PGO information at LTO/thinLTO link step

Hello,

My team and I noticed that callsite hotness information is not preserved from compile to link step with LTO/thinLTO enabled. As a result, the link step inlining pass remains conservative when inlining callsites known to be hot (ie. without the ‘HotCallSiteThreshold’ which is set at 3000 by default). There are likely many cross-module inlining opportunities lost this way, and diminishes the benefit of using LTO/thinLTO+PGO together.

In general, does LLVM pass profiling information through the IR to the link step other than branch probabilities and function entry counts? If not, are there plans to do so in the future? For inlining specifically, perhaps we can mark callsites with hot/cold attributes during compile step to ensure LTO inlining will give appropriate threshold bonuses/penalties.

Any thoughts/insights/comments would be appreciated.

Cheers,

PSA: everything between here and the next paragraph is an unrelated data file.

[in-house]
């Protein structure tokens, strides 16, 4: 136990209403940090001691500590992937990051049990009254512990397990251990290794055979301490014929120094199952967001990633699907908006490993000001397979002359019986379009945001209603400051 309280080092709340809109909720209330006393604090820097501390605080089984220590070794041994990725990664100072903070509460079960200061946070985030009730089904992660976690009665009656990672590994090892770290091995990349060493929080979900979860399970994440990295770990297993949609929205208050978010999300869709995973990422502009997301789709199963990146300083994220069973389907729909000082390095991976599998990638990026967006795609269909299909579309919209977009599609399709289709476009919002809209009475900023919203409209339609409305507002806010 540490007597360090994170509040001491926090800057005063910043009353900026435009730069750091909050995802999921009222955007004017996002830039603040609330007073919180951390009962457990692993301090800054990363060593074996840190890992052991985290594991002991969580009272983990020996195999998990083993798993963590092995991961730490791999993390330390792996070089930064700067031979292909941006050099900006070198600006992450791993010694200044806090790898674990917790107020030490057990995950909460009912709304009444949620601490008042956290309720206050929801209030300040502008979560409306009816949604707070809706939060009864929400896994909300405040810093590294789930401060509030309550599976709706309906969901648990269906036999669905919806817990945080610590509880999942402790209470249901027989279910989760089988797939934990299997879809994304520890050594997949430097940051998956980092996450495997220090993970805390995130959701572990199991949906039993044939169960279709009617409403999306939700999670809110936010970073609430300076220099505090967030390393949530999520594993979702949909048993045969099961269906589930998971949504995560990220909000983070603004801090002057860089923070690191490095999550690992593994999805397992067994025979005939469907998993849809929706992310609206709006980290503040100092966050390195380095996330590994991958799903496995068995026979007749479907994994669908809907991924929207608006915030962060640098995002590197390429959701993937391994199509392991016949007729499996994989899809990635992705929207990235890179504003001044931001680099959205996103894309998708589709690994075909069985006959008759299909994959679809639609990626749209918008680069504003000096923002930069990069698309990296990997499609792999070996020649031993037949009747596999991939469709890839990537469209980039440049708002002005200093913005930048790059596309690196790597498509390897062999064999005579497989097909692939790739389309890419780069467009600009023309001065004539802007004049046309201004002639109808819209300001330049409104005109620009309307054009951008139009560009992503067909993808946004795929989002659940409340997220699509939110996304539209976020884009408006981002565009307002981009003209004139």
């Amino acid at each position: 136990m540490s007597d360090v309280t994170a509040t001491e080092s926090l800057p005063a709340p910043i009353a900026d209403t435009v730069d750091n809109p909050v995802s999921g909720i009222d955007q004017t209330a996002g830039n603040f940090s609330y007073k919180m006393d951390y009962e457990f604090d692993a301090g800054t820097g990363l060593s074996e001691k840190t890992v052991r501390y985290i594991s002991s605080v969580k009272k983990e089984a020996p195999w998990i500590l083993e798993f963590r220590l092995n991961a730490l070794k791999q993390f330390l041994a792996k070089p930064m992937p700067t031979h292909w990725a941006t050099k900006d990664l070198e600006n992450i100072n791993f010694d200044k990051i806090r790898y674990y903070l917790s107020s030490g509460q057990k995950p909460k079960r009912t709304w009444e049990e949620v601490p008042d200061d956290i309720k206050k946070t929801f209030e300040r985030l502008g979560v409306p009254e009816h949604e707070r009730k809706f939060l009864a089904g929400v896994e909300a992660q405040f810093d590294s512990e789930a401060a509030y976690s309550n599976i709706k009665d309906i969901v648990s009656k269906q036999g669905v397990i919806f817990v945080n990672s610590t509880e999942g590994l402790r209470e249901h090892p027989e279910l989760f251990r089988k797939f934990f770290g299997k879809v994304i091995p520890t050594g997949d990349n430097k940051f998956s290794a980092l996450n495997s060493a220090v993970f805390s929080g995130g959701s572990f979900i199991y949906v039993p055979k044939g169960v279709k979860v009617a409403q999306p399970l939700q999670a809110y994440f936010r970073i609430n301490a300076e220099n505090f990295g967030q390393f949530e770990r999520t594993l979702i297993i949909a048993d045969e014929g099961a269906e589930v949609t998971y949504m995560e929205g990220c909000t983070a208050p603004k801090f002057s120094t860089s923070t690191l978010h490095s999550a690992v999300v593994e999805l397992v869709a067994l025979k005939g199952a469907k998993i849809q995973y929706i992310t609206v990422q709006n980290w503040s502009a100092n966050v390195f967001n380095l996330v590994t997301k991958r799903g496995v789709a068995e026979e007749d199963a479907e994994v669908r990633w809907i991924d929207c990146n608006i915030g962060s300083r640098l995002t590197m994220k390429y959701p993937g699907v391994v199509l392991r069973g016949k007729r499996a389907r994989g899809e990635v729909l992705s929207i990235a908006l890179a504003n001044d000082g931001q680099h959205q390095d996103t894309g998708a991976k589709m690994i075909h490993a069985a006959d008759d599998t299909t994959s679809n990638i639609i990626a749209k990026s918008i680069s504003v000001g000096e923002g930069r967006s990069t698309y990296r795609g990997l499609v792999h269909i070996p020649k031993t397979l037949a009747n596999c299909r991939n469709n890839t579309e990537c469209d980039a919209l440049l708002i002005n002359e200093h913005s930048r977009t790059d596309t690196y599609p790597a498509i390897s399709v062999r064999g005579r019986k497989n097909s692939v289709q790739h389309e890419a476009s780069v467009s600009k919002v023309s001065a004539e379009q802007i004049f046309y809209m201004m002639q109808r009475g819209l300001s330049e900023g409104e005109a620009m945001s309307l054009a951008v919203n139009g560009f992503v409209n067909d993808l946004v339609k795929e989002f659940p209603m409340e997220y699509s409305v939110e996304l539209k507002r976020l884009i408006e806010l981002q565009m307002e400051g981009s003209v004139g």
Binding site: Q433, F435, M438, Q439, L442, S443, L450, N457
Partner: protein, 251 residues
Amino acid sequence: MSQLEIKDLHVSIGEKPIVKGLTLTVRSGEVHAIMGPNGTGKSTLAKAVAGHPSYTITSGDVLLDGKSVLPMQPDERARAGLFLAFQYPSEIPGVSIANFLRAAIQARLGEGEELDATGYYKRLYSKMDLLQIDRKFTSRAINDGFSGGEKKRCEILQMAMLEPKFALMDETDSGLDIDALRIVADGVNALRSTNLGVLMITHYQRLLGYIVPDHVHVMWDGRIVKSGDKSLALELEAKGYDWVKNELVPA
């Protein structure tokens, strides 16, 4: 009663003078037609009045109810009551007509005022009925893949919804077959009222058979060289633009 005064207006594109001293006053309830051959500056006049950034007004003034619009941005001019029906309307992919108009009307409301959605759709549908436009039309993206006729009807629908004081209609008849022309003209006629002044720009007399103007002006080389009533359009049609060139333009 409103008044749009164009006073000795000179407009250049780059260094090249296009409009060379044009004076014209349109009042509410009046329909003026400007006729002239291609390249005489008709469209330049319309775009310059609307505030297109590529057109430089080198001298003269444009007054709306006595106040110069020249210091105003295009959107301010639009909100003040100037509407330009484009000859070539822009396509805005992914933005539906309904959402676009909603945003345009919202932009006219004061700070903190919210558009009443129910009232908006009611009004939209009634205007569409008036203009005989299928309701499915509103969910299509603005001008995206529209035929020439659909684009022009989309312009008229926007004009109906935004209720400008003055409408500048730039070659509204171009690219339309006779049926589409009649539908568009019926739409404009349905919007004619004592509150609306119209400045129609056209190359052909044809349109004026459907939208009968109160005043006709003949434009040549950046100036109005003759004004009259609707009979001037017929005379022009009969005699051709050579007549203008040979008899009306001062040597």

Graham Yiu
LLVM Compiler Development
IBM Toronto Software Lab
Office: (905) 413-4077 C2-707/8200/Markham
Email: gyiu@ca.ibm.com

With the new PM, the profile information should be properly updated across inline transformations. If you see otherwise, please file a bug …

David

Hello,

My team and I noticed that callsite hotness information is not preserved
from compile to link step with LTO/thinLTO enabled. As a result, the link
step inlining pass remains conservative when inlining callsites known to be
hot (ie. without the 'HotCallSiteThreshold' which is set at 3000 by
default). There are likely many cross-module inlining opportunities lost
this way, and diminishes the benefit of using LTO/thinLTO+PGO together.

The callsite hotness is passed via the IR, so it should be there in the
LTO/ThinLTO backends (during the link step). Can you provide a reproducer
where that isn't happening?
Teresa

Hi Teresa,

Actually, enabling the new pass manager manually seems to have solved this issue, so this problem is only valid for the old pass manager.

Thanks,

Graham Yiu
LLVM Compiler Development
IBM Toronto Software Lab
Office: (905) 413-4077 C2-707/8200/Markham
Email: gyiu@ca.ibm.com

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Hi Teresa,

Actually, enabling the new pass manager manually seems to have solved this
issue, so this problem is only valid for the old pass manager.

It should not be an issue in the old PM either - the callsite hotness is
passed via IR. As David mentioned, the new PM inliner does a better job of